Tuesday’s request by the Justice Department is no doubt a response to the recent approval by a committee of the U.S. Senate of an amendment that would narrow the CFAA.

All of this wrangling will likely have significant implications for the future of the federal cybercrime law and the ability of employers to pursue legal action against their employees for the improper use of its computers.

Consider the illustrative facts of Nosal: After David Nosal left his executive recruiting firm to establish a competing business, his former colleagues allegedly used the firm’s computer system to send him confidential and proprietary information. Federal prosecutors charged Mr. Nosal with conspiracy to violate the CFAA and alleged that his former colleagues had exceeded their authorized access to the firm’s computers in violation of 18 U.S.C. § 1030(a)(4).

Mr. Nosal asked the trial court to dismiss the CFAA claims, arguing that his former colleagues could not have violated the CFAA because they had authorization as employees to access the computer and its information. Prosecutors responded that the authorization extended only to use for legitimate business purposes, which did not include misappropriation of proprietary information. The trial court ultimately agreed with Mr. Nosal, and the panel reversed on appeal.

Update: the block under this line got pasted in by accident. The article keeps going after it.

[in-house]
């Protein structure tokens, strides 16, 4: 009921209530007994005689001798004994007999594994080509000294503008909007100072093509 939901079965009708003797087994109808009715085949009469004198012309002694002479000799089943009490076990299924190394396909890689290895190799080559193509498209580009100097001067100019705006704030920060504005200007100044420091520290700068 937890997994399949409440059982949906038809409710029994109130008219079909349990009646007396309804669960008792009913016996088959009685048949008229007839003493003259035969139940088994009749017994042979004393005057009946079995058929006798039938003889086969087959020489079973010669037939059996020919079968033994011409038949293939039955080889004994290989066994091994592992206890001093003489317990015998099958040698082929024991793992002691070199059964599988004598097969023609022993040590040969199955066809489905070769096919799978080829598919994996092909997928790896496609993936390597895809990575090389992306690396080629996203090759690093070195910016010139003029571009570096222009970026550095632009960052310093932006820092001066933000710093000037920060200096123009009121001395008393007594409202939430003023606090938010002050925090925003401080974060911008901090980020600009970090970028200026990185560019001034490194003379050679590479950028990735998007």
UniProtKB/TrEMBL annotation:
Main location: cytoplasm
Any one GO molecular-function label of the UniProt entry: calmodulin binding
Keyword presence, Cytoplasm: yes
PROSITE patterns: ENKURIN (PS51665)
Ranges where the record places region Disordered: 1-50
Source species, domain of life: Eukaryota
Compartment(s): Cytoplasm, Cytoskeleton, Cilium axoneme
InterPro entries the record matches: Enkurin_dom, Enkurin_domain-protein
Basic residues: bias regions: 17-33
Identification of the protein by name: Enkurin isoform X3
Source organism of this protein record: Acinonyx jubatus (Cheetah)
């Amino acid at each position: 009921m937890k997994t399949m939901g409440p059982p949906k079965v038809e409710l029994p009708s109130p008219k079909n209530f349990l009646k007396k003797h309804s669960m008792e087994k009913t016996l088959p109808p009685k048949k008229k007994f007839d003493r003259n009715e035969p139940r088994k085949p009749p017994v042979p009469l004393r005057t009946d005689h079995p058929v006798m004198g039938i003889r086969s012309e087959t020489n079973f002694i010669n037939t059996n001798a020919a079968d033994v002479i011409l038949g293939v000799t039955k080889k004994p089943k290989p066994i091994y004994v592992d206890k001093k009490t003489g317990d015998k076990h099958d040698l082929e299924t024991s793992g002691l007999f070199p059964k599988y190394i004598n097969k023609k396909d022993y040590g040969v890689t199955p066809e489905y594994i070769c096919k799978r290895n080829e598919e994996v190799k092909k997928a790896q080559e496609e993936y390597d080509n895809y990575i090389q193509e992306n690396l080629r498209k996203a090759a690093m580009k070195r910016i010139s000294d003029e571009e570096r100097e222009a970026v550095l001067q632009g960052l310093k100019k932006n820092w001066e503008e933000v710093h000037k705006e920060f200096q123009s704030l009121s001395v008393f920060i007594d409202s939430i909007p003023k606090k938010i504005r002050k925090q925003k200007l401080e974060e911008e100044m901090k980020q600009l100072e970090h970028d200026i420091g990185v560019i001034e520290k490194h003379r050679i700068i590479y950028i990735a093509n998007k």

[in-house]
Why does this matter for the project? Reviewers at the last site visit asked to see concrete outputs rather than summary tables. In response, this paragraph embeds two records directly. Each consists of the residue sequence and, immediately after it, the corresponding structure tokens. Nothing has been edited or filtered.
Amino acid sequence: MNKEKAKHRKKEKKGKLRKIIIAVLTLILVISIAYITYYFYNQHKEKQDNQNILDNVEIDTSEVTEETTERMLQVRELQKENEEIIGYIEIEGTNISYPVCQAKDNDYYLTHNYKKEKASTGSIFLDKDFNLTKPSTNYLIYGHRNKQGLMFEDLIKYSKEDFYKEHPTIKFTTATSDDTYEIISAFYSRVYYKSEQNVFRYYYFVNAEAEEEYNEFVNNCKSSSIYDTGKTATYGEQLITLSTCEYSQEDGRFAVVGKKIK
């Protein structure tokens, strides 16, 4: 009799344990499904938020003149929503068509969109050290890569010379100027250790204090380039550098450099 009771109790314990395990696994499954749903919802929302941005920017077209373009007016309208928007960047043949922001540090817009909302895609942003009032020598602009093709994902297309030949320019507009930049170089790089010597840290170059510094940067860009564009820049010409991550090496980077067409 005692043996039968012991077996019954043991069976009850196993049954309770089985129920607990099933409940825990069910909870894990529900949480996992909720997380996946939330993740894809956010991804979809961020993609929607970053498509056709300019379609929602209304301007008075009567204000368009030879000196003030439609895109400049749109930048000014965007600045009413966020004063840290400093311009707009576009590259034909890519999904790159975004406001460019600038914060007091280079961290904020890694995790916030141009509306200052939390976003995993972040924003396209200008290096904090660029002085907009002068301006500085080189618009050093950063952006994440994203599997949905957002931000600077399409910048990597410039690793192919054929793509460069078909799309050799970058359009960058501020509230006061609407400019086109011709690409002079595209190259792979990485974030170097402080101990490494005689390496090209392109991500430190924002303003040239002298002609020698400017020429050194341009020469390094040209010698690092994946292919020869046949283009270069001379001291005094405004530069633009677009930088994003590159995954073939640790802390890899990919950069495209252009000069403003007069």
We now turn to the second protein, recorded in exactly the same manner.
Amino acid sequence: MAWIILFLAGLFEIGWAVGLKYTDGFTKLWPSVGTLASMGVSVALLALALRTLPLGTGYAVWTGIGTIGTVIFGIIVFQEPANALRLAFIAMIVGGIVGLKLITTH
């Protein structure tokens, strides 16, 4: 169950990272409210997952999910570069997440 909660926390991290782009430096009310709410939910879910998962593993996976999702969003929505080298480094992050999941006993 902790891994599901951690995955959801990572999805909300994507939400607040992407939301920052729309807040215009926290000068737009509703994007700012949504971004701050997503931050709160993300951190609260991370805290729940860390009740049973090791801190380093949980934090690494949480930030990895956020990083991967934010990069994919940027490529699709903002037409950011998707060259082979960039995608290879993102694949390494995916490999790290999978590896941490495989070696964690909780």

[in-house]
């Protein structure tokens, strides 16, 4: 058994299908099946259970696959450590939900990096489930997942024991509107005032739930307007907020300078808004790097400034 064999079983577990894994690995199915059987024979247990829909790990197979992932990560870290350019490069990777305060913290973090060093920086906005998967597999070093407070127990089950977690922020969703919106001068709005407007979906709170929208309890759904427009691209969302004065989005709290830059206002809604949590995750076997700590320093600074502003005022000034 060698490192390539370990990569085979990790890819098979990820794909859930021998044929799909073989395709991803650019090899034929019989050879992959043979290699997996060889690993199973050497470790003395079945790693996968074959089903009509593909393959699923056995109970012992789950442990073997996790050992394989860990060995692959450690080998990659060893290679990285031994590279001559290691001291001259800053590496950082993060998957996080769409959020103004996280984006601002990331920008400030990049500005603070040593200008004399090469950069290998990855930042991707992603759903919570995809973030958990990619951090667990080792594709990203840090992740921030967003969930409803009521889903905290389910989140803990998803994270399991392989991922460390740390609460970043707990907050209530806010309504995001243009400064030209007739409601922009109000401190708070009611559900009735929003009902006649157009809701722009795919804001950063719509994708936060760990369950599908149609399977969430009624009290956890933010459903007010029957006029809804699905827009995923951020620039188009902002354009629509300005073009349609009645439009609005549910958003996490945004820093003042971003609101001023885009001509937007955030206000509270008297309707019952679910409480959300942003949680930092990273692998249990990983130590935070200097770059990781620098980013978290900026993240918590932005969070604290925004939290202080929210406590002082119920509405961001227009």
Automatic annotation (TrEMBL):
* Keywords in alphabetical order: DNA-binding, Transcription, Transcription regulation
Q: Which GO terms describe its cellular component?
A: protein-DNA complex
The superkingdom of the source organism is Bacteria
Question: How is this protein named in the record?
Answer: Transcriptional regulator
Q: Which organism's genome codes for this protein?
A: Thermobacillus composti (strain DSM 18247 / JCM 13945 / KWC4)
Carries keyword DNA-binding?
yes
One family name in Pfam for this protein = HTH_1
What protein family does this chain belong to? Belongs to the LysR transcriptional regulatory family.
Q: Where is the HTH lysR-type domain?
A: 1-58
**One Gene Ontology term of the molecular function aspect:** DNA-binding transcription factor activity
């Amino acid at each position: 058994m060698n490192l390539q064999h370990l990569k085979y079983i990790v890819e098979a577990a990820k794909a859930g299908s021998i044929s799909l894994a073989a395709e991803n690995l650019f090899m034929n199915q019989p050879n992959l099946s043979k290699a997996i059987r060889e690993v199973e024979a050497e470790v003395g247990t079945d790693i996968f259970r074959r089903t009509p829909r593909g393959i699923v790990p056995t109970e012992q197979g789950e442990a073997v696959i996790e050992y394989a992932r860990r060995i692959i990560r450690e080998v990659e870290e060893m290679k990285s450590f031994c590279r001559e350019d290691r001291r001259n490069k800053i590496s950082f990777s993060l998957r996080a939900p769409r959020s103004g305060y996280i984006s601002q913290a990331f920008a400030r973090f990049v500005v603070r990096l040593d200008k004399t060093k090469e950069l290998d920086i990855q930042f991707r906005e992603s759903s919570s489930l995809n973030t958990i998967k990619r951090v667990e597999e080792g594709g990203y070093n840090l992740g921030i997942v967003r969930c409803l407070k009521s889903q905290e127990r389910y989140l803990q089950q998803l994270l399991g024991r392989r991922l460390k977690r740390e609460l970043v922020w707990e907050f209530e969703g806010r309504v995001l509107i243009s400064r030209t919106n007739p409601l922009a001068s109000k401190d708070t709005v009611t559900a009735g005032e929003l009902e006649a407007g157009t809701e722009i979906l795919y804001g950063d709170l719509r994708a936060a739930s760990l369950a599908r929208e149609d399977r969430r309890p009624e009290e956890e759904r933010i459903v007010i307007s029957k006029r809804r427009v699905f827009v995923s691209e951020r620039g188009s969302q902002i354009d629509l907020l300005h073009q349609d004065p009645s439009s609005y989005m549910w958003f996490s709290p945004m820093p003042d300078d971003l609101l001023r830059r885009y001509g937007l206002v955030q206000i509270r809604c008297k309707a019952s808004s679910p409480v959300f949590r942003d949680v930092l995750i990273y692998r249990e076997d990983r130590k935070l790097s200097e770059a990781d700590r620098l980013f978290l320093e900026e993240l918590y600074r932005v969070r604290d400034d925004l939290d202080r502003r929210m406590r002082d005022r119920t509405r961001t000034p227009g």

As Judge Stephen S. Trott explained in the panel opinion, the language of the CFAA necessarily implied that an employee could access an employer’s computer in a manner so as to render the access unauthorized. “Because the statute refers to an accesser who is not entitled to access information in a certain manner,” he  wrote, “whether someone has exceeded authorized access must be defined by those access limitations.” Judge Trott’s opinion was joined by Judge Diarmuid F. O’Scannlain.         

In her dissenting opinion, Judge Tena Campbell warned against the dangers of construing the language of the CFAA so broadly so as to turn the statute into one that criminalized general workplace misconduct.

“[U]nder the majority’s interpretation, any person who obtains information from any computer connected to the internet, in violation of her employer’s computer use restrictions, is guilty of a federal crime,” she wrote. “Under the majority’s interpretation, had Mr. Nosal ever viewed any information [at issue] out of curiosity instead of for legitimate . . . business, he would be guilty of a federal crime.”

Judge Trott: “Although we are mindful of the concerns raised . . . regarding the criminalization of violations of an employer’s computer use policy, we are persuaded that the specific intent and causation requirements of § 1030(a)(4) sufficiently protect against criminal prosecution those employees whose only violation of employer policy is the use of a company computer for personal—but innocuous— reasons.”

Oral argument in the rehearing en banc before the Ninth Circuit is scheduled for the week of December 12, 2011.